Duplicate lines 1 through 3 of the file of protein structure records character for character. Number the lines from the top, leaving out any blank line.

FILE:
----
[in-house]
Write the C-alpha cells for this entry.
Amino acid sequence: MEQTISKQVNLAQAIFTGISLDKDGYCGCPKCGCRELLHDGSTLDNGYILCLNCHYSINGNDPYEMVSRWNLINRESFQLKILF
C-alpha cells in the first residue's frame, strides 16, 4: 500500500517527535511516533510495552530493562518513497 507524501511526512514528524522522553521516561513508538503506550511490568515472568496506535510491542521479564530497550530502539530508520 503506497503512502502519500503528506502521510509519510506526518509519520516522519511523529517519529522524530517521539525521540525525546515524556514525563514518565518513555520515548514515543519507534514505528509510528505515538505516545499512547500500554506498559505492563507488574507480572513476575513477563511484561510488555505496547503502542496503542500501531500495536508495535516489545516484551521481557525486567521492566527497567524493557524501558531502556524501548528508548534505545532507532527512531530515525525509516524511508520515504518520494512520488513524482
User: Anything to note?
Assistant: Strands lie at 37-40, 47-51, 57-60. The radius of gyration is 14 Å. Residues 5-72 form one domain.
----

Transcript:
[in-house]
Write the C-alpha cells for this entry.
Amino acid sequence: MEQTISKQVNLAQAIFTGISLDKDGYCGCPKCGCRELLHDGSTLDNGYILCLNCHYSINGNDPYEMVSRWNLINRESFQLKILF